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One to whom a guaranty is made. This word is also used, as a noun, to denote the contract of guaranty or the obligation of a guarantor, and, as a verb, to denote the action of assuming the responsibilities of a guarantor.
1) v. to pledge or agree to be responsible for another's debt or contractual performance if that other person does not pay or perform. Usually, the party receiving the guarantee will first try to collect or obtain performance from the debtor before trying to collect from the one making the guarantee (guarantor). 2) the promise to pay another's debt or fulfill contract obligations if that party fails to pay or perform. 3) n. occasionally, the person to whom the guarantee is made. 4) a promise to make a product good if it has some defect. (See: guarantor)
guaranteea collateral promise to answer for the debt or obligation of another. A guarantee is a secondary obligation, becoming operative only where the principal debtor is in default; because it is a secondary obligation, should the primary obligation be unlawful or invalid or unenforceable, the guarantor or surety cannot be compelled to make payment under the guarantee. A guarantee should be distinguished from an indemnity, which is a primary obligation to compensate the loss of another; in the latter case the unenforceability of the principal debt will not render the indemnity unenforceable. In Scotland, the same relationship is regulated by the institution of caution (pronounced ‘cayshun’). Proper caution is the term used where the cautioner is expressly bound as guarantor to the creditor. The term improper caution is used when the cautioner is bound as a co-obligant with the principal debtor jointly and severally to the creditor.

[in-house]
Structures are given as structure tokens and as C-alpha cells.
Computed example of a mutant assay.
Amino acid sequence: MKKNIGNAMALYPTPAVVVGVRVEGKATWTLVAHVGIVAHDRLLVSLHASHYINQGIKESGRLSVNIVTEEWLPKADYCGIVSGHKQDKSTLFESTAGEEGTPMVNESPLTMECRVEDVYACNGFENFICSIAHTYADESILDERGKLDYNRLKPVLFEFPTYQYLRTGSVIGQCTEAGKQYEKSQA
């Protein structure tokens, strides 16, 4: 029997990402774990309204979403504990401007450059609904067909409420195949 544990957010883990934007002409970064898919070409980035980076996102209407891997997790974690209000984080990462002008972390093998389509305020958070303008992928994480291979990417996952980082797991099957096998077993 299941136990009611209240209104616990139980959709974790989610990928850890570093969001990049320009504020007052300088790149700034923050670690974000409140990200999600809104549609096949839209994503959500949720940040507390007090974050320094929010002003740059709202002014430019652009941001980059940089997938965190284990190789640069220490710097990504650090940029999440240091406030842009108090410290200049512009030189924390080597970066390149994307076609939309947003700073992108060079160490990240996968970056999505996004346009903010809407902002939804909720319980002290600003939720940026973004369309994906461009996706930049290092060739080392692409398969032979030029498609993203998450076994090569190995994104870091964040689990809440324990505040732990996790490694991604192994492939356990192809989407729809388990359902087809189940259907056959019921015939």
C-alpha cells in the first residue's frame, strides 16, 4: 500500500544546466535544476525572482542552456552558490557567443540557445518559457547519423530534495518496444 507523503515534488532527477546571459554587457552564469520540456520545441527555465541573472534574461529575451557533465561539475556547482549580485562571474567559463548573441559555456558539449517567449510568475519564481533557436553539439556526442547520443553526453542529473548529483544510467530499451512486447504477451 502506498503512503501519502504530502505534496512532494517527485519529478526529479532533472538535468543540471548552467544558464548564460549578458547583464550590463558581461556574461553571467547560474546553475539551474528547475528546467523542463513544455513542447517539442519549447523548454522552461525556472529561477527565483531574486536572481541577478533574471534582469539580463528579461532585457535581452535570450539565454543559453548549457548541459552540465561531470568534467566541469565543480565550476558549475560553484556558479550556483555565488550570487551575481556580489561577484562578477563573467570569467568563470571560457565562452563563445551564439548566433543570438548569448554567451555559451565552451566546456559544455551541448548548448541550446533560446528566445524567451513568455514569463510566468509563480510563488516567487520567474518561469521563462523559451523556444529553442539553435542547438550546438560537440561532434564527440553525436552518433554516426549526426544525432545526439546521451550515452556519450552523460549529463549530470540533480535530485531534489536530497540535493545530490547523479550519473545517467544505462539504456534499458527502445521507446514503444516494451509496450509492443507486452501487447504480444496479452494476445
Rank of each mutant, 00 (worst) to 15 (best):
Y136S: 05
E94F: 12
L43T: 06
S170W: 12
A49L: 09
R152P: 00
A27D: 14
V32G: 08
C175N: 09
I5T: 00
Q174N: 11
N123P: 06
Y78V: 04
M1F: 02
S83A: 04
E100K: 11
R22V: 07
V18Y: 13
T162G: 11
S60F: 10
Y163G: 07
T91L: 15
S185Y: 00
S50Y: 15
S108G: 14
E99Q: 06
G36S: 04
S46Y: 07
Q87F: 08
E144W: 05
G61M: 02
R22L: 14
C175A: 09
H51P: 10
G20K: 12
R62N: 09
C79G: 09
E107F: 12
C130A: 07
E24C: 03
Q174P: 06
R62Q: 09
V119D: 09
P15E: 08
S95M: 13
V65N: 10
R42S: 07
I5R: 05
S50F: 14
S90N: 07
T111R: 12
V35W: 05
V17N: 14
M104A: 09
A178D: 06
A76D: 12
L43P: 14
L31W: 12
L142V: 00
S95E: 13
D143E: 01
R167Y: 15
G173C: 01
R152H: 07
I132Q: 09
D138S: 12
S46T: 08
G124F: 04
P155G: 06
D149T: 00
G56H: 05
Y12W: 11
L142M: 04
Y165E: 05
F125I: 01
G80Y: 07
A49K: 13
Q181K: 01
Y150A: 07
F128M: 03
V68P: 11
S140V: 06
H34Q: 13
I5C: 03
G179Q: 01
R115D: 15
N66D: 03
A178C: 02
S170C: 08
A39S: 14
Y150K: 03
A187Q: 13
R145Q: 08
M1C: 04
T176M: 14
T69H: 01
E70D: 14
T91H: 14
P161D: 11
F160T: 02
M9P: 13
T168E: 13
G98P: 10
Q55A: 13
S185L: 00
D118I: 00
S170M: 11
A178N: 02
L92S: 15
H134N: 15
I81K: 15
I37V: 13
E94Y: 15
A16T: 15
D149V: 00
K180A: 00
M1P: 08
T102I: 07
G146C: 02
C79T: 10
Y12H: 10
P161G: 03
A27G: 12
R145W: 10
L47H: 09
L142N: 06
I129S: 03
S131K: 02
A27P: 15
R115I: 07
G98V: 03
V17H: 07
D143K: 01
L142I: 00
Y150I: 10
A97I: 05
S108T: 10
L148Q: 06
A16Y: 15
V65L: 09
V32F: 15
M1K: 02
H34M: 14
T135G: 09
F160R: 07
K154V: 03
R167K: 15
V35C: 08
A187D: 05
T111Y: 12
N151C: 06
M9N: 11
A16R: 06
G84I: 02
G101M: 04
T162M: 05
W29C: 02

The term is used colloquially in the UK for a statement by a manufacturer of goods that it will undertake some responsibility such as repair or replacement.
GUARANTEE, contracts. He lo whom a guaranty is made.
2. The guarantee is entitled to receive payment, in the first place, from the debtor, and, secondly, from the guarantor. He must be careful not to give time beyond that stipulated in the original agreement, to the debtor, without the consent of the guarantor; the guarantee should, at the instance of the guarantor, bring an action against the principal for the recovery of the debt. 2 Johns. Oh. R. 554; 17 Johns. R. 384; 8 Serg. & Rawle, 116; 10 Serg. & Rawle, 33; 2 Bro. C. C. 579, 582; 2 Ves. jr. 542. But the mere omission of the guarantee to sue the principal debtor will not, in general, discharge the guarantor. 8 Serg. & Rawle, 112; 3 Yeates, R. 157; 6 Binn. R. 292, 300.